In it, but not of it. TPM DC
"Anthony's decision to resign is right for him and his family, our party, and our country because we have serious work to do in Congress," Steve Israel, chair of the DCCC, said in a statement after Weiner's announcement. " Last week Republican leaders introduced a bill to privatize Social Security, and the American people deserve an undistracted debate on it, Medicare, jobs, and other important issues."
Despite his tough treatment by his colleagues in Washington, polls showed many of Weiner's constituents open to keeping him in office. A number of senior attendees at his final press conference shouted their approval throughout his brief speech.
"Everybody has hangups," Esther, 92, told TPM. "It's a shame."
She blamed the press for hounding him out of office: "They destroyed him."
Weiner was widely speculated to run for mayor on New York City in 2013, perhaps even as the frontrunner, but the embarrassment of recent weeks as well as his deceptive failed attempt to cover up his behavior make his political future uncertain. Within Congress, he cultivated a reputation for his brash and biting speaking style, which he often employed to eviscerate Republican proposals in floor speeches and constant cable news appearances. He gained particular prominence during the health care debate, where he became one of the most visible advocates for a public health care option, a feature favored by progressive Democrats that was ultimately left out of the final legislation.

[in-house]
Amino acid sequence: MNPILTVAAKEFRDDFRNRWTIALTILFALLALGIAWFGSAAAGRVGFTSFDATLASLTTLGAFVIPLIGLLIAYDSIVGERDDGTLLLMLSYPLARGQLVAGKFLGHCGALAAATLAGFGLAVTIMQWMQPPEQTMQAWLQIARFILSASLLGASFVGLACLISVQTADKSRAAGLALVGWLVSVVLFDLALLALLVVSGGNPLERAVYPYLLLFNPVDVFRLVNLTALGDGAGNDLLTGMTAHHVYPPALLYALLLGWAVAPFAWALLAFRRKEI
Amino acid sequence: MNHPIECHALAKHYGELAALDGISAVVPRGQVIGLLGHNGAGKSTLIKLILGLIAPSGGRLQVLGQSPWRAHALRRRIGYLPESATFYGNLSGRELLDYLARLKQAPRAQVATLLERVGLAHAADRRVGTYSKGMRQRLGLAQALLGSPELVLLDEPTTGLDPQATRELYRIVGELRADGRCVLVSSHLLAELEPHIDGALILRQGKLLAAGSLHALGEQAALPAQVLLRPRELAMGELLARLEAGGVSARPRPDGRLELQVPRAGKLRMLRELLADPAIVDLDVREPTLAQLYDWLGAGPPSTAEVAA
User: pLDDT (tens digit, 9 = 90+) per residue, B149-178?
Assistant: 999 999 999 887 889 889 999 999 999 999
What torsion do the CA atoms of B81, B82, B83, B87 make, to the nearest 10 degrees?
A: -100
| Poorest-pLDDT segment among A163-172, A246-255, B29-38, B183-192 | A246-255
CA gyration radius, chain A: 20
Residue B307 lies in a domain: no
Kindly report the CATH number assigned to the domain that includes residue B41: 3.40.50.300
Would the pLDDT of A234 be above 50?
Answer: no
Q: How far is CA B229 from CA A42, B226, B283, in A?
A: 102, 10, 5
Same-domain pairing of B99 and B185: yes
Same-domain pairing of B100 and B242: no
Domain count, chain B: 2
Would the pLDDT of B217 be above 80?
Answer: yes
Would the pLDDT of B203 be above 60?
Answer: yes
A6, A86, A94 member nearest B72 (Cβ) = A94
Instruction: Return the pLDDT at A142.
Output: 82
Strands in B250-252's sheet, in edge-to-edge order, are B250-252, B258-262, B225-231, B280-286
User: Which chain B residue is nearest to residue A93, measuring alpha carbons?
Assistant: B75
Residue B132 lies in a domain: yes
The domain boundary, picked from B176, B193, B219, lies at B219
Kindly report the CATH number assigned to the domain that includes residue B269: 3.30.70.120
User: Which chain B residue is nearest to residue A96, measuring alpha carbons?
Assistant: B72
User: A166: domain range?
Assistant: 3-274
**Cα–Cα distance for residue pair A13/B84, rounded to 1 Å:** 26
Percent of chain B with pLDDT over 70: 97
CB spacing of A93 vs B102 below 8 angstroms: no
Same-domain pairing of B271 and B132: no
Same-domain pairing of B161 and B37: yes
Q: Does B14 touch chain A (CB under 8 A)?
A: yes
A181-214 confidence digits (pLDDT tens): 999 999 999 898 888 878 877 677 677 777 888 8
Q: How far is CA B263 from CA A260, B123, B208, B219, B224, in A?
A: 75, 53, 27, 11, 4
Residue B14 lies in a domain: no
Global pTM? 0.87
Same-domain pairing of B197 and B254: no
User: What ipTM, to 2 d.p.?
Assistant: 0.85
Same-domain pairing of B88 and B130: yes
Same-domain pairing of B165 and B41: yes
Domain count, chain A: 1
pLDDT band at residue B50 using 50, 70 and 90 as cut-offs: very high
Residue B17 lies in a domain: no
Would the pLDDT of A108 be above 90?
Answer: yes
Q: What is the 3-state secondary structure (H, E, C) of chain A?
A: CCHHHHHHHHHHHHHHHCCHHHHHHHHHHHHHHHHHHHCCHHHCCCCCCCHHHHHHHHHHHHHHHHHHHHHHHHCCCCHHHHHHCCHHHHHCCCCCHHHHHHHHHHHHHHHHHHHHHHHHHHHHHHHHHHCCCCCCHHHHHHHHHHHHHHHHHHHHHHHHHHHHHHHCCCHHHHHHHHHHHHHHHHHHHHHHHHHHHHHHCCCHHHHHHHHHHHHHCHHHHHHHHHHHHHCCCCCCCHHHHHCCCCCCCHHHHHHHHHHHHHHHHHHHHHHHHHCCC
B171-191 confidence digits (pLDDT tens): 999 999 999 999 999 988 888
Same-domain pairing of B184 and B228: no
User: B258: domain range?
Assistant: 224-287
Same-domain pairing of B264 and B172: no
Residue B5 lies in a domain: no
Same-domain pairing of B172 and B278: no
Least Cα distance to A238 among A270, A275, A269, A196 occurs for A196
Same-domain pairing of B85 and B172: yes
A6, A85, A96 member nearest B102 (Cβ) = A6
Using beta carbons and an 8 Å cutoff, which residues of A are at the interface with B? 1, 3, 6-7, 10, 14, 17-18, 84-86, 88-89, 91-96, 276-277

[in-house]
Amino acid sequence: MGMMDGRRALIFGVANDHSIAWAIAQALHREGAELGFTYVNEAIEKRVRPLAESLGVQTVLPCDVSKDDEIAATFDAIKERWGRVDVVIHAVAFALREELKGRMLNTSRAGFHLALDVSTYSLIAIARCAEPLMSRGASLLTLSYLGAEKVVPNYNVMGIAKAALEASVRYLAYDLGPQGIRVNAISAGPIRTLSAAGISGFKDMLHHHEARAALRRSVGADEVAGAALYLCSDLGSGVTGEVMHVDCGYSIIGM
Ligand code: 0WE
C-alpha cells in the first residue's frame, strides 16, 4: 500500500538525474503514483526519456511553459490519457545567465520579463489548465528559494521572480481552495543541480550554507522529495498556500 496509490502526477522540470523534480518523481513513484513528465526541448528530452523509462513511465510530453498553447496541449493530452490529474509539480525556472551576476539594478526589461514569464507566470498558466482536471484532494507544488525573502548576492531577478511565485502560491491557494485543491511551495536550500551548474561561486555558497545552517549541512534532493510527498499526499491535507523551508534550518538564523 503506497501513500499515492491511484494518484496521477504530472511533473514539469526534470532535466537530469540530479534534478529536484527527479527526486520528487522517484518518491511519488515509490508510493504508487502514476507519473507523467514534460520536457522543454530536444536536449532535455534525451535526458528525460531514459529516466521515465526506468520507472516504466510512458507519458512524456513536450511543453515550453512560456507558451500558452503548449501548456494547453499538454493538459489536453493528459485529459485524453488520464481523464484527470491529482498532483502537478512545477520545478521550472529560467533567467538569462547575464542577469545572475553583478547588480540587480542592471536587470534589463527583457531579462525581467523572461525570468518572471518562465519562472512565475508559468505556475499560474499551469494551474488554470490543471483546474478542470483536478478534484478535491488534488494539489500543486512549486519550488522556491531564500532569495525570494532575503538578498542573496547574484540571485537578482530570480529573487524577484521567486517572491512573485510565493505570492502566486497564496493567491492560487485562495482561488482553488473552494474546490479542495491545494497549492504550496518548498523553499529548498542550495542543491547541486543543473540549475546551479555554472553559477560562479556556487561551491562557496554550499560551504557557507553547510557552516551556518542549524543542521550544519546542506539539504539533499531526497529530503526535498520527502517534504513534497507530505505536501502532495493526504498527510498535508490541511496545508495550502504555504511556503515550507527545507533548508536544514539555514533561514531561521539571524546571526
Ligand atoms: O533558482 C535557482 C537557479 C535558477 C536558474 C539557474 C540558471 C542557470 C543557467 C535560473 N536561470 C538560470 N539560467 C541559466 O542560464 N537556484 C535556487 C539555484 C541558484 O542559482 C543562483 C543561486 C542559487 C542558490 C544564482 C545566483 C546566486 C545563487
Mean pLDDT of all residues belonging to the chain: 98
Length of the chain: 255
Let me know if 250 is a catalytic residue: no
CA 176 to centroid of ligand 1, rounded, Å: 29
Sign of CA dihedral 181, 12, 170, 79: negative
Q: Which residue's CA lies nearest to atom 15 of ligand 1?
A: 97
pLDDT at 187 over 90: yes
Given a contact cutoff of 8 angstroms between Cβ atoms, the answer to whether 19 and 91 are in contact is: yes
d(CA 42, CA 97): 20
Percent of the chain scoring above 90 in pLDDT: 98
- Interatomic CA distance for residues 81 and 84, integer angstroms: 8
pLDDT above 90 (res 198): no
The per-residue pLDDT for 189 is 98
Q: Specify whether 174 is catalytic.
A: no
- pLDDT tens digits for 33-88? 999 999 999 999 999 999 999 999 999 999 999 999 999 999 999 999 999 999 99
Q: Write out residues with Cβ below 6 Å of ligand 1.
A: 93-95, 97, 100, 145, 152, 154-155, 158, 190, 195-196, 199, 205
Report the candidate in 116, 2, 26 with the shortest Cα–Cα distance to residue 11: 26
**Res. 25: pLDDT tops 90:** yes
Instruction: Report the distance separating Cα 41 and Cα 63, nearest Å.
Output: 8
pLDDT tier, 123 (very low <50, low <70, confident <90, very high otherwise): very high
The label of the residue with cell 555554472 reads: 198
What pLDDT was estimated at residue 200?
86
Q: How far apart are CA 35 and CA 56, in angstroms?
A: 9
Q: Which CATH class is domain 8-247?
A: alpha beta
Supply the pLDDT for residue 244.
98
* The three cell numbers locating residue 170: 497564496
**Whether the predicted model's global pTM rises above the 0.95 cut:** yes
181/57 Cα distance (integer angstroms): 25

"It's a tragedy," Rep. Jerrold Nadler (D-NY) said of his fellow New Yorker's resignation. Calling his exit "inevitable," Nadler told TPM that the party would nonetheless miss Weiner's presence in the House.
"Congressman Weiner was extremely bright, extremely intelligent, he could articulate the issues very well and dramatize them," he said. "Any time you lose that kind of talent it's a loss."
Weiner is the fourth New York Congressman to leave office after a personal scandal in the last four years. Republican Chris Lee stepped down in February after it was revealed he sent shirtless photos to a woman on Craigslist, Democrat Eric Massa resigned last year after allegations of sexual harassment, and Republican Vito Fossella did not seek re-election in 2008 after he phoned his mistress to bail him out of prison following a drunk driving arrest.
Late update: Here's video of Weiner's resignation announcement: